ZIFFPAGE TITLEDoubling Market Share

By David F. Carr  |  Posted 2004-10-01 Print this article Print

The manager of pharmacy benefits gives customer what they want—quick answers to their questions—by supplementing a central data warehouse with smaller analytic databases to handle particular questions. The result: Market share has doubled.

Doubling Market Share

The prescription payments industry handles an estimated 2.6 billion drug purchase transactions a year. The volume of prescriptions handled by the industry has grown 44% since 2000.

The two largest benefits managers, Caremark and Medco, control 18.5% and 15% of the market, according to the Drug Cost Management Report survey published by Atlantic Information Services. But NMHC has more than doubled its share of that growing business, handling 0.7% of the volume this year, up from 0.3% in 2000, according to the survey.

NMHC has been growing through acquisitions—five in a little over three years—but also by building its basic business at a rate of 30% a year.

That has come by paying attention to customers like Skalitzky, whose thirst for information is sated through technology. Hall wants to make sure that anything a customer could possibly want to know about member status, claims eligibility and prescription cost data can be supplied on screen and over the Internet.

NMHC stores 32 trillion bytes of information in Oracle databases on HP SuperDome servers, with room to expand.

To give customers like Skalitzky the quick responses they want, NMHC supplements its central data warehouse with data marts. These are smaller analytic databases optimized for specialized queries, such as an executive summary of mail order and retail spending or a detailed analysis of specific physicians' prescribing patterns.

Integrail, the health data and risk analysis business NMHC bought in 2002, had built its software around a Microsoft SQL Server foundation, but that, too, will be converted to Oracle. "SQL Server exists and has a customer base for a reason, because it's small, light and easy to deploy," says Mark Deck, NMHC's director of technology. "But there is also a reason why you don't put big things on it."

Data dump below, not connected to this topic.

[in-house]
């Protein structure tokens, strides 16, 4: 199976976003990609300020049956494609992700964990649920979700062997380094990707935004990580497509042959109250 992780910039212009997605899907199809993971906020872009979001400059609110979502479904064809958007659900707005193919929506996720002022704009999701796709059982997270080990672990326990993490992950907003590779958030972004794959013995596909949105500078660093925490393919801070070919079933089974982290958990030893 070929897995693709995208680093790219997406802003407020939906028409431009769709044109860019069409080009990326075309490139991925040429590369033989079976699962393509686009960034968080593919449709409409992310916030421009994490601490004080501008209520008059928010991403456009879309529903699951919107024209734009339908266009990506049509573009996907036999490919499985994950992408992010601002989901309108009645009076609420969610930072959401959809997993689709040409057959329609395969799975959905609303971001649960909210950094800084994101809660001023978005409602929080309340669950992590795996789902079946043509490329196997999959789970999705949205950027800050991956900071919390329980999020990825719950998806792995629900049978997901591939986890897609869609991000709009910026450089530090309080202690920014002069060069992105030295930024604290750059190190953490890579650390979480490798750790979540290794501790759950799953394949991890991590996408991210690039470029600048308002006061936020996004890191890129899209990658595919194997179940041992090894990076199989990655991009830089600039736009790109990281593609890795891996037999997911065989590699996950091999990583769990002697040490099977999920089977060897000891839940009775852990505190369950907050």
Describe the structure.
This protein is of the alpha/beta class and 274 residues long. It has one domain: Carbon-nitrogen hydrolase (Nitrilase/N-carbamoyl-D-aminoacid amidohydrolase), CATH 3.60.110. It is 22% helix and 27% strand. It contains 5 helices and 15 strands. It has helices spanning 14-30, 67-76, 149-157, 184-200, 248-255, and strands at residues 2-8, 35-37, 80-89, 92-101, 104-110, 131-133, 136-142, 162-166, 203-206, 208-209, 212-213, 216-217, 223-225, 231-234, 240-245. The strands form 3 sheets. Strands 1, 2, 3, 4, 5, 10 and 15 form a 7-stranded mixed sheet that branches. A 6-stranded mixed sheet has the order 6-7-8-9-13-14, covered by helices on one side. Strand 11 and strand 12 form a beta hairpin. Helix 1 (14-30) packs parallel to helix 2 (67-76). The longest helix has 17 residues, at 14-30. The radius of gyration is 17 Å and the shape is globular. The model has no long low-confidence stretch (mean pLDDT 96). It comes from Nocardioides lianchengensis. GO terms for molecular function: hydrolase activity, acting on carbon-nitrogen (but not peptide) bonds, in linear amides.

Rather than worry that SQL Server might buckle under the strain of supporting the very large databases he sees in Integrail's future, switching to Oracle is a safer bet, Deck adds.

"We want to offer very personal quality service that the big guys can't offer"

Hall, who is also president of Integrail, focuses on speed as a key virtue in gaining and keeping customers. "The express purpose of speed is how fast can we satisfy the customer's request," she says.

For example, when a customer asks for it, NMHC commonly analyzes several years of data to suggest plan changes that will lower costs while preserving quality. Originally, this required a clinician to spend a week running and reviewing reports, then crafting a presentation to the customer. But by using artificial-intelligence techniques, NMHC wrote software that combs through the relevant databases and creates a near-complete presentation in 5 minutes, according to Hall. A clinician still reviews the recommendations and adds finishing touches, but can do so on the way to a customer meeting, she says.

"I can hardly think of anything that takes longer than 24 hours,'' she says.

David F. Carr David F. Carr is the Technology Editor for Baseline Magazine, a Ziff Davis publication focused on information technology and its management, with an emphasis on measurable, bottom-line results. He wrote two of Baseline's cover stories focused on the role of technology in disaster recovery, one focused on the response to the tsunami in Indonesia and another on the City of New Orleans after Hurricane Katrina.David has been the author or co-author of many Baseline Case Dissections on corporate technology successes and failures (such as the role of Kmart's inept supply chain implementation in its decline versus Wal-Mart or the successful use of technology to create new market opportunities for office furniture maker Herman Miller). He has also written about the FAA's halting attempts to modernize air traffic control, and in 2003 he traveled to Sierra Leone and Liberia to report on the role of technology in United Nations peacekeeping.David joined Baseline prior to the launch of the magazine in 2001 and helped define popular elements of the magazine such as Gotcha!, which offers cautionary tales about technology pitfalls and how to avoid them.

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